Boy Erased: A Dark Portrait of The World's Best Kept Secret... | Review

by - Sunday, February 03, 2019


Lucas Hedges plays Jared Eamons in Boy Erased, a film based on the memoirs of Garrard Conley's time in conversion therapy. I definitely had high expectations of this film due to the lead actors but the expectations were blown far above where I could've ever anticipated them to be. This is the second feature film directed by Joel Edgerton who also plays the leader of the conversion therapy, Victor Sykes. He handles the subject matter with great sensitivity and understanding as well as capturing the world of Jared in such a wonderful way through his cinematographer, Eduard Grau.

This film traditionally falls under the Biopic/Drama genre but in parts it genuinely felt like watching a horror film. Gay conversion therapy seems like the world's best kept secret. We all know it's happening, to this day it is legal in 36 states, but the only way we see it is in glimpses through films like these. It explores toxic masculinity and deals with horrific themes in a way that made me squirm in my seat. I dare not say too much because the shock elements in the narrative are some of what makes the movie so compelling. With Desiree Akhavan's fantastic film of last year The Miseducation of Cameron Post and now Boy Erased joining alongside it, I fear for what other stories are yet to come from this disturbing human practice.

I wonder if this film had been made in a further future it would've been dealt with differently. I think Lucas Hedges was wonderful and understood every inch of his role but he felt to be in parts a victim to the narrative which requires following a traditional biopic format, you're limited by a timeline that you must follow and because the story is so fresh, with the book only coming to life in 2016, I worry that the story had no time to catch a breath. There was certainly no glorification of conversion therapy but it felt like there needed to be a deeper condemnation of it. These men and women are tortured on a daily basis and I wanted to see deeper into their psychology. They are trapped in a hell together, even the leader of the therapy being gay himself and having to repress that to teach people it is wrong. Imagine having to teach others something is wrong when you yourself are struggling against the same issue? The film was nearly 2 hours long and therefore had all the space to explore this but it felt in parts like we were getting a look at a world and not individual stories which is where the magic of this story lies. In Cameron, in Gary, in Jared himself and yet I wish I had a few more moments with each character to fully feel their pain.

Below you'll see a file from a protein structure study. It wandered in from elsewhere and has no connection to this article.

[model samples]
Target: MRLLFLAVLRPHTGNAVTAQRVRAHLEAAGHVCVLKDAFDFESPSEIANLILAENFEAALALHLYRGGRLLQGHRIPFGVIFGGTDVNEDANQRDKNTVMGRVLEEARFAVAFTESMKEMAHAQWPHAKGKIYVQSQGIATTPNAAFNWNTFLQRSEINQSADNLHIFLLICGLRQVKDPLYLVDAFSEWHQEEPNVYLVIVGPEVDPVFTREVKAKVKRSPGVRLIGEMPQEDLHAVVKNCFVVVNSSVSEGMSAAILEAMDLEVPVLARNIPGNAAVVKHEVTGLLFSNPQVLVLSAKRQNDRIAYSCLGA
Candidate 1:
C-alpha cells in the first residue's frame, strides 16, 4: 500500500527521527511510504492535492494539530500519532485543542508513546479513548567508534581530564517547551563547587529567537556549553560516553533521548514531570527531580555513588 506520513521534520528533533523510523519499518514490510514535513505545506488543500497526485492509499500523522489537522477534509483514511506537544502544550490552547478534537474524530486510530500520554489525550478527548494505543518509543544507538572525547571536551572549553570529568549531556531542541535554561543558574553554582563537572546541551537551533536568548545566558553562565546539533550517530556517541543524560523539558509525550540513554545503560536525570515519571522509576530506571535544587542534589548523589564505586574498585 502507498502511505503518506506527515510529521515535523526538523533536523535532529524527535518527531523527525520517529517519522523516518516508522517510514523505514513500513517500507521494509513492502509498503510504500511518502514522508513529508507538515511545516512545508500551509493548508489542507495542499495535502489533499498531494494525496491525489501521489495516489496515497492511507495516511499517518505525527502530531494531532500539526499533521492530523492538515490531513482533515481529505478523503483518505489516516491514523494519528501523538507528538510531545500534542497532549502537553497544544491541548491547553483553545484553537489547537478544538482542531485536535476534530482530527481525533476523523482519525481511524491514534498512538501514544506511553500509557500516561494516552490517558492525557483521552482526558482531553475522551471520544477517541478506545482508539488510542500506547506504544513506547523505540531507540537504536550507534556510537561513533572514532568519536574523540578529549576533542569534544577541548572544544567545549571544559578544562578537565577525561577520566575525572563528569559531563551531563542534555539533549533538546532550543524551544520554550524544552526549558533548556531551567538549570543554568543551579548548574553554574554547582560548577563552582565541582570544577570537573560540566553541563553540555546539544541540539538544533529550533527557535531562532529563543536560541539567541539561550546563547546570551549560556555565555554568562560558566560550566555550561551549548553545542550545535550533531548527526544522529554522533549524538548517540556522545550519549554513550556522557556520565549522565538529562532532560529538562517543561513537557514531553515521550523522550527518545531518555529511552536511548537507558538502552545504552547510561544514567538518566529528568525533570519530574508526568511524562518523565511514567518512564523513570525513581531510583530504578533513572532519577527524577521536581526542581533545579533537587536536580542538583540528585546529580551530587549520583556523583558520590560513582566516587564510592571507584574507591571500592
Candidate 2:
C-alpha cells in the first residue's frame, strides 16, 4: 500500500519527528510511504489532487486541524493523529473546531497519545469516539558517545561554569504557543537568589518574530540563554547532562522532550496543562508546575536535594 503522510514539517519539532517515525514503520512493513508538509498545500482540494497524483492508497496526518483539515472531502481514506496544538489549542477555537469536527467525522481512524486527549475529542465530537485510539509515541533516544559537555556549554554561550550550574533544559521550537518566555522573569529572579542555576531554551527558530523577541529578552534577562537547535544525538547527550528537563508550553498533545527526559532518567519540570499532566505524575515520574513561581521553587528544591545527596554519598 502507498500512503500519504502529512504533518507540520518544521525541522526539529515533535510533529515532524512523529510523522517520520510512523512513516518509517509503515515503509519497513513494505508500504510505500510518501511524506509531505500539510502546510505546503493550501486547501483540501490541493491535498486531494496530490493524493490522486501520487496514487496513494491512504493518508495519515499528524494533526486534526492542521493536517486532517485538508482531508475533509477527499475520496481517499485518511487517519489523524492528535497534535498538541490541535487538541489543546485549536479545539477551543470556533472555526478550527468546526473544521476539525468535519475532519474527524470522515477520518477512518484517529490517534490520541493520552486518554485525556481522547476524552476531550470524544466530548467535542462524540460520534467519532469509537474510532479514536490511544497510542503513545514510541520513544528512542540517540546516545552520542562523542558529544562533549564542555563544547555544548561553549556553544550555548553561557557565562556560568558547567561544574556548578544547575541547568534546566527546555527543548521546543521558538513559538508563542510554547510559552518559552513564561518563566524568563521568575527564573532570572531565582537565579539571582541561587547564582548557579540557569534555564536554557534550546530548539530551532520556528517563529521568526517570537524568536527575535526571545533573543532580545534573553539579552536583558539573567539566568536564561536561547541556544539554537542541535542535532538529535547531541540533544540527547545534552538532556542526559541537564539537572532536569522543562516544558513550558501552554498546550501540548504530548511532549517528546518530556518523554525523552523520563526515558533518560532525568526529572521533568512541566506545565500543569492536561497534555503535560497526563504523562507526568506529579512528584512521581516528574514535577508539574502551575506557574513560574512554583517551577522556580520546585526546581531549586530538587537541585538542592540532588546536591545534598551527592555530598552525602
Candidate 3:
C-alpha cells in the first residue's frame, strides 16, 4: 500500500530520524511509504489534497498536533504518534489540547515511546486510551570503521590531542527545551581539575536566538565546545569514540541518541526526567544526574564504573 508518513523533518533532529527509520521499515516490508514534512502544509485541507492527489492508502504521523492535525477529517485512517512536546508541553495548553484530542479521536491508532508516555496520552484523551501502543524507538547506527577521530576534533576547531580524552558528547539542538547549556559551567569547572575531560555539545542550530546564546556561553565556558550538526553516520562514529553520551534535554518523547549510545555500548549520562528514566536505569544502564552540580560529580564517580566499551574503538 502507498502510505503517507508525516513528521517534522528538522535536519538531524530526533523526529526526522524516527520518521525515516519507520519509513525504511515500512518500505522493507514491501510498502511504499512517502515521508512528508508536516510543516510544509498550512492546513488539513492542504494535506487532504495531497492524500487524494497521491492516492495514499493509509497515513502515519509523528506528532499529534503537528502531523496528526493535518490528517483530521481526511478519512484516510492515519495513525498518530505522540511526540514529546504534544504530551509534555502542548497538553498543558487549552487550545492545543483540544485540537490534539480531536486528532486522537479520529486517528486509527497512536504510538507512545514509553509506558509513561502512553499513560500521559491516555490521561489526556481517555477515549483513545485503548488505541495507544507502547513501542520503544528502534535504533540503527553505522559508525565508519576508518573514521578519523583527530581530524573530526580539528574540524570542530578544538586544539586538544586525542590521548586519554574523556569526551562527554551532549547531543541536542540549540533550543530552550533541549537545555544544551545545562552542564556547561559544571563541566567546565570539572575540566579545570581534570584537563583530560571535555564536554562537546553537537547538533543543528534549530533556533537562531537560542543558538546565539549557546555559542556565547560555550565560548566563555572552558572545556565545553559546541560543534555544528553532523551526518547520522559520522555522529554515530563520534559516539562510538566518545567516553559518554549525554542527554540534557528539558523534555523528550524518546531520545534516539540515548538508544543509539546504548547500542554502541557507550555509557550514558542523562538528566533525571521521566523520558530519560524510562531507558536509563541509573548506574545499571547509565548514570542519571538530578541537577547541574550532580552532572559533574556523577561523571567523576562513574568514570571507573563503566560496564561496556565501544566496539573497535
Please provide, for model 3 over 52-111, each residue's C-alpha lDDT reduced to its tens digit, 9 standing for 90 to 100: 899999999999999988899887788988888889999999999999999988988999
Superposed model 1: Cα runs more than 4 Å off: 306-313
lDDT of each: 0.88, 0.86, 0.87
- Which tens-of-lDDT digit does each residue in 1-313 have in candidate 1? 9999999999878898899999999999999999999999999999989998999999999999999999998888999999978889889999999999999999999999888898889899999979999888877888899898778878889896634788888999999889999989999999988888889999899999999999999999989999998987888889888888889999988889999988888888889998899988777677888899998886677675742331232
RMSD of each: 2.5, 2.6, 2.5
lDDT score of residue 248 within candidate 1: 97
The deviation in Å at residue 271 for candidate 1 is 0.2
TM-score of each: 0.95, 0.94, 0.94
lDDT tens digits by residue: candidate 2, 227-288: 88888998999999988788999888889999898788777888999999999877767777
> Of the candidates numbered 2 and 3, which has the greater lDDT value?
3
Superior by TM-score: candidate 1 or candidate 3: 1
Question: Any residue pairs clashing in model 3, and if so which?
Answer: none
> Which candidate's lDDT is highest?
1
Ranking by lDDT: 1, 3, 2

What I found to be a major strength of Boy Erased was how quiet it was. Joel Edgerton allowed each moment to have its space to breathe and handled the more upsetting parts with the sensitivity and respect they deserved. He never once took advantage of Garrard's story and you could feel a connection to each of his characters, even the slightly more villainous ones.

Each character in Boy Erased has a dark story that led them to where they are now and it will resonate across in the globe. 700,000 members of the LGBT community in America have been through this, not including the millions of people, I'm sure, that will have endured this pain across the world. They will find themselves in Jared, they will find themselves in Cameron, they may even find themselves in Victor Sykes. It is a battle that is still being fought and has a long way to go before it will be won.


Boy Erased will be in UK cinemas from 8th February 2019.

Please visit StopErasing for more information on this topic. 

Until next time


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